Argued February 23, 1972
March 29, 1972.
Zoning — Conditional use permit — Res judicata — Settlement — Revocation of permit — Prospective illegal use — Violation of conditions of permit.
1. Principles of res judicata prevent the revocation of a conditional use permit issued pursuant to a settlement of litigation by stipulation under the auspices of the court for a cause pre-existing the issuance of the permit. 
2. After a property owner has proceeded with work pursuant to a conditional use permit, revocation of such permit for a preexisting cause is improper. 
3. The fact that a property owner may intend in the future to put his property to an illegal use is not reason to prohibit an otherwise lawful activity upon such property. 
4. A conditional use permit may be revoked if the conditions attached thereto are not observed. [101-2]
Argued February 23, 1972, before President Judge BOWMAN and Judges CRUMLISH, JR., KRAMER, WILKINSON, JR., MENCER, ROGERS and BLATT.
Appeal, No. 741 C.D. 1971, from the Order of the Court of Common Pleas of Allegheny County in case of Al Monzo Construction Company, Inc., a Pennsylvania Corporation, and Gateway Equipment and Supply Company, Inc., a Pennsylvania Corporation v. The Council of the Borough of Monroeville, No. 96 of 1971.
Petition in the Court of Common Pleas of Allegheny County to declare void resolution of the Council of the Borough of Monroeville revoking a conditional use permit. Petition granted. SILVESTRI, J. Borough appealed to the Commonwealth Court of Pennsylvania. Held: Affirmed, as modified.
Richard L. Rosenzweig, with him Rosenzweig Rosenzweig, for appellant.
Anthony J. Martin, with him Martin, Finnegan Rossetti, for appellees.
This is an appeal by the Borough of Monroeville from a final order of the Court of Common Pleas of Allegheny County nullifying the revocation by the Borough of a use permit and enjoining it from interfering with the appellees' performance of excavation work on lands owned by them. Our consideration of this matter has been rendered unusually arduous by the fact that the appellant has filed a monumental brief, 17 pages of which are taken up with a history of the case detailing activities, negotiations, correspondence, conversations and neighborhood gossip, most of it antedating the lawsuit.
The essential facts follow:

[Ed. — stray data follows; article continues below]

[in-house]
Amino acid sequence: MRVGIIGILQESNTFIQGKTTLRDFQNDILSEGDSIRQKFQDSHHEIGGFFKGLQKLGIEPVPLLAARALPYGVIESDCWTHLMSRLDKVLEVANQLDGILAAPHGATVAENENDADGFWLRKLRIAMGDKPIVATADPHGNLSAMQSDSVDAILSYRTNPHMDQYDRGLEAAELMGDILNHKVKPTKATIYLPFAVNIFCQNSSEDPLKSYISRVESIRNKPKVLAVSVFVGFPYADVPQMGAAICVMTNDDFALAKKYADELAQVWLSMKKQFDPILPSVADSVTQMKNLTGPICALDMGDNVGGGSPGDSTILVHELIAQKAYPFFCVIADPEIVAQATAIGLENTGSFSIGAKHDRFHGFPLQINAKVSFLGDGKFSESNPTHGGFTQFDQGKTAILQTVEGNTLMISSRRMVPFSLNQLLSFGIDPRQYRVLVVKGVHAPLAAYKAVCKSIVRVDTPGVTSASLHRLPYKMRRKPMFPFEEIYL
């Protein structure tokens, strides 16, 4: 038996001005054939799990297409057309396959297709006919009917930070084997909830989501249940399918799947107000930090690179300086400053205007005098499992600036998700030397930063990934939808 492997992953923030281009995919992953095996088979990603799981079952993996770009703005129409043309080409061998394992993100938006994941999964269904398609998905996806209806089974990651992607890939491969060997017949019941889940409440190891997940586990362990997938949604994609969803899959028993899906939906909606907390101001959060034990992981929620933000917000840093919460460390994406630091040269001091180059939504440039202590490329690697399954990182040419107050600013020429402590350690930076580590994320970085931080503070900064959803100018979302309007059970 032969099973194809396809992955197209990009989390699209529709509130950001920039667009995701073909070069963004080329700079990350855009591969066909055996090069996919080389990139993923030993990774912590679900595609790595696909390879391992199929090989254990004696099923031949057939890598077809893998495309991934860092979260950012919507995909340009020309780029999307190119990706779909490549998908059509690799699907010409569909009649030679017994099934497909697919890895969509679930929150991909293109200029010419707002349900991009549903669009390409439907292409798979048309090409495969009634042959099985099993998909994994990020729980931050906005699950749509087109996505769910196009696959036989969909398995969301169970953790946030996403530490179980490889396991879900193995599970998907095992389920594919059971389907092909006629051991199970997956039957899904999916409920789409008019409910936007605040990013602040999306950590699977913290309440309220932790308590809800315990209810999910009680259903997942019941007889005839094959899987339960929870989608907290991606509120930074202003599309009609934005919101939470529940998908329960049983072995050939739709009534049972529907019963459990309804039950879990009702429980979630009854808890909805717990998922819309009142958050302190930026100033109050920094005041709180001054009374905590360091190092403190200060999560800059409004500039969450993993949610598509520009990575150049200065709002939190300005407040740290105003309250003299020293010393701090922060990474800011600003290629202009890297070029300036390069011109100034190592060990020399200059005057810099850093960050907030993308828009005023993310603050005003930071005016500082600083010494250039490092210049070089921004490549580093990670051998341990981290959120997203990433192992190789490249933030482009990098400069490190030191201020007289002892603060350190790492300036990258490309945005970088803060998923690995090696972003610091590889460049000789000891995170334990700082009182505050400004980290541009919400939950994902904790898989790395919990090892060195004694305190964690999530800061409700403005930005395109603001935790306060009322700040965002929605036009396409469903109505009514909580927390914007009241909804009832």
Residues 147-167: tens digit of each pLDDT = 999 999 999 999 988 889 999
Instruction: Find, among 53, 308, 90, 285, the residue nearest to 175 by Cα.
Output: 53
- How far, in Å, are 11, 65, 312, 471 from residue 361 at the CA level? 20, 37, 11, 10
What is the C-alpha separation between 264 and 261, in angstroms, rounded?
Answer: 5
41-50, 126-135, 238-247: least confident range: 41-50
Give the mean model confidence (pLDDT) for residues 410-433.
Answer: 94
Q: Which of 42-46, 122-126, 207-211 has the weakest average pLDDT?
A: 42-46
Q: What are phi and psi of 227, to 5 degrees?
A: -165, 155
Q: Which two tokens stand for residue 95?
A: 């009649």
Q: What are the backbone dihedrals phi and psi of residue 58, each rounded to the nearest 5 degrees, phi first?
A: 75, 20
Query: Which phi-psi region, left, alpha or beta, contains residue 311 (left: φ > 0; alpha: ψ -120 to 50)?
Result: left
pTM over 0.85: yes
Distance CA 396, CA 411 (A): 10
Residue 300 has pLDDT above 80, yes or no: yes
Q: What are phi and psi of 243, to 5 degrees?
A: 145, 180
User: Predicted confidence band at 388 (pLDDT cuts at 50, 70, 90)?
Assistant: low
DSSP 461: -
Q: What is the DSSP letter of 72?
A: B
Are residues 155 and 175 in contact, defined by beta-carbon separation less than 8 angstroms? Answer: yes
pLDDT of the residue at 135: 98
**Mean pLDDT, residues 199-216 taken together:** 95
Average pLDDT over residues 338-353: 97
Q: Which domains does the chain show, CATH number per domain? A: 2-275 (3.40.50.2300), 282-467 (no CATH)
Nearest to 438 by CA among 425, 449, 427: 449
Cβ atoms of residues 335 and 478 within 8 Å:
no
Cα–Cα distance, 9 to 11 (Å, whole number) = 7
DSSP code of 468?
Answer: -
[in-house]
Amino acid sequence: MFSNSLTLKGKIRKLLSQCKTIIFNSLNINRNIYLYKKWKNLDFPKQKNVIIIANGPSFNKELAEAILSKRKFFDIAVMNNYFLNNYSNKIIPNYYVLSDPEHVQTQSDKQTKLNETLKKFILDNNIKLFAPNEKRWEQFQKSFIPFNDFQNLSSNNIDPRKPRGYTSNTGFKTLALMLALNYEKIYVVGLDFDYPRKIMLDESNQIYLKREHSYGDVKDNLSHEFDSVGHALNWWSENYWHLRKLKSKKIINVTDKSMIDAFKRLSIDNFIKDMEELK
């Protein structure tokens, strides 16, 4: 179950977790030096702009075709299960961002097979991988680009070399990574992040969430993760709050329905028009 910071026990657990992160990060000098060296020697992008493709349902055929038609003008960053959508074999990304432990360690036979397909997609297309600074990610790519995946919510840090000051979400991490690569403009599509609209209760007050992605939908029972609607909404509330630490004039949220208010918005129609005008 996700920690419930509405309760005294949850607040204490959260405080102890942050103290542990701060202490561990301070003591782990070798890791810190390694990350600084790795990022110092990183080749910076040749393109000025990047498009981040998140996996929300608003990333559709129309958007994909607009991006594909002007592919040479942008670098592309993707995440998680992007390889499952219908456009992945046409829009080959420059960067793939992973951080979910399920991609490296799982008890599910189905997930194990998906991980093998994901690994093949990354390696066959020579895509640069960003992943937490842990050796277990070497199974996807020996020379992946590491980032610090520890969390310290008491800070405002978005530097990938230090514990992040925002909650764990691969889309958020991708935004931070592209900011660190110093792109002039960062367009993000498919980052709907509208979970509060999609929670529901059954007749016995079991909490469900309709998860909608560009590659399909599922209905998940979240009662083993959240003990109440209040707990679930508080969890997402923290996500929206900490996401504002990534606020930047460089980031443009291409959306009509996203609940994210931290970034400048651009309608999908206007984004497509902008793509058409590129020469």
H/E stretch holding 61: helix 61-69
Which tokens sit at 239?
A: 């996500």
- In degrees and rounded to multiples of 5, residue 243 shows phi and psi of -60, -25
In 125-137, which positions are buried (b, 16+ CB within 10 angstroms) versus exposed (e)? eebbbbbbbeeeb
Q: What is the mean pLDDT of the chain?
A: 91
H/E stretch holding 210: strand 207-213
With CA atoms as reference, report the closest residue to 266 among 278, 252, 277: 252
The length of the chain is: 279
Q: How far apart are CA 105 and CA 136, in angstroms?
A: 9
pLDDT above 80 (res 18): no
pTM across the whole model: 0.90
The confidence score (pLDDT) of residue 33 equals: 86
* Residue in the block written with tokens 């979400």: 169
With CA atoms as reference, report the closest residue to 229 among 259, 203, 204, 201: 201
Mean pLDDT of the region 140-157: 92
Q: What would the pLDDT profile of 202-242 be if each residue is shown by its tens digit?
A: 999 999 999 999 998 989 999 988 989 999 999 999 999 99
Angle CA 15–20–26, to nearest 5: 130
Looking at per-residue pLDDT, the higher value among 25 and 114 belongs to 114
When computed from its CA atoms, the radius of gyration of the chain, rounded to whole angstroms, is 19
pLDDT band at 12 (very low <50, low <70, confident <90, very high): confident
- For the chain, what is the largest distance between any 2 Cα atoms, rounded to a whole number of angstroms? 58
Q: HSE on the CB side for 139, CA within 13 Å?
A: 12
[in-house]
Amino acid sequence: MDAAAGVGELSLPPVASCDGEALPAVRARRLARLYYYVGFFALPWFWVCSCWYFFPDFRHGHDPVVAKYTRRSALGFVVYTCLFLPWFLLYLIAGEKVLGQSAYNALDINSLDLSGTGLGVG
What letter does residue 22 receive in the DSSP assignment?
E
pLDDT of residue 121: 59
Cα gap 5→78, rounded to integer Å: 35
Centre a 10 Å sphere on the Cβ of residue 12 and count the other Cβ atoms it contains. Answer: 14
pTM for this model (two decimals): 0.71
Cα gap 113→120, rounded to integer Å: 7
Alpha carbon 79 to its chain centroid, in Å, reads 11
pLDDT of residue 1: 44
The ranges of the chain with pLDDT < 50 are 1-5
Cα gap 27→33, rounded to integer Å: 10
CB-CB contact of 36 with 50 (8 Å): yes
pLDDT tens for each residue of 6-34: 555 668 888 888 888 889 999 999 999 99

The appellees own land in the Borough of Monroeville on which is located an embankment which appellees desire to excavate for the asserted purposes of enlarging the parking lot of a restaurant located on the tract and of obtaining fill for use at another building project. The Borough zoning ordinance required that a conditional use permit should be obtained from Borough Council for major excavation. The appellees, apparently after performing some excavation without a permit, did on the insistence of the Borough apply for a conditional use permit. After some delay on the part of Borough Council, the permit was ordered to be issued, subject, however, to a number of conditions. Two of these conditions became of later importance: one, that the slope be at a grade of two feet lateral to one foot of height, and the other, that appellees post an indemnity bond with corporate surety in the amount of $50,000. The appellees filed a zoning appeal pursuant to Section 712 of the Pennsylvania Municipalities Planning Code, Act of July 31, 1968, P. L. ___, 53 P. S. § 10712, averring chiefly that the requirement of indemnity bond in the amount of $50,000 was arbitrary and capricious and contrary to law. Extensive pleadings were filed but the matter was settled before hearing by stipulation of the parties. The principal effect of the stipulation was the requirement of liability insurance in lieu of the $50,000 indemnity bond. The hearing judge ordered the case settled and discontinued "in accordance with the above stipulation." The appellees then proceeded with the excavation. The Borough engineer inspected the works and found that the slope of the embankment being created was steeper than that specified in the original conditions and included by reference in the stipulation. Council then met with the appellees to hear appellees' request to amend the permit so as to allow the steeper slope. Council declined this request and the appellees then agreed to conform to the specifications as written. Nevertheless, Borough Council voted to revoke the conditional use permit; not, however, because of appellees' failure to perform in accordance with the permit, but on the grounds first, that the permit should not have been granted in the first place because the land in question was located in a zoning district in which excavation was a prohibited use, and second, because the Borough believed that appellees' purposes in making the excavation were not as represented but to prepare the ground for use as a site for an office building, a use not permitted in the district. The appellees petitioned the court below for an order nullifying the revocation of its permit and after hearing the court entered the order from which this appeal is taken. That order is as follows: "And Now, this 20 day of August, 1971, it appearing to the Court that the action of the Borough Council of Monroeville in rescinding appellant's conditional use permit was arbitrary, without authority and in derogation of appellants' vested property rights and it further appearing that the Borough Council of Monroeville has maintained a general policy of harassment in regard to the appellants it is hereby ORDERED and DECREED that Borough Resolution 71-16 is declared null and void and the Borough Council is enjoined from further interfering with the excavation work on the property in question in the above captioned case and further that it be limited to inspecting the site in question to once a week with an attending report to this Court and not to take any action relative to performance under the permit against the appellants without prior approval of this Court. Further, that the appellants will comply strictly with the terms of the conditional use permit."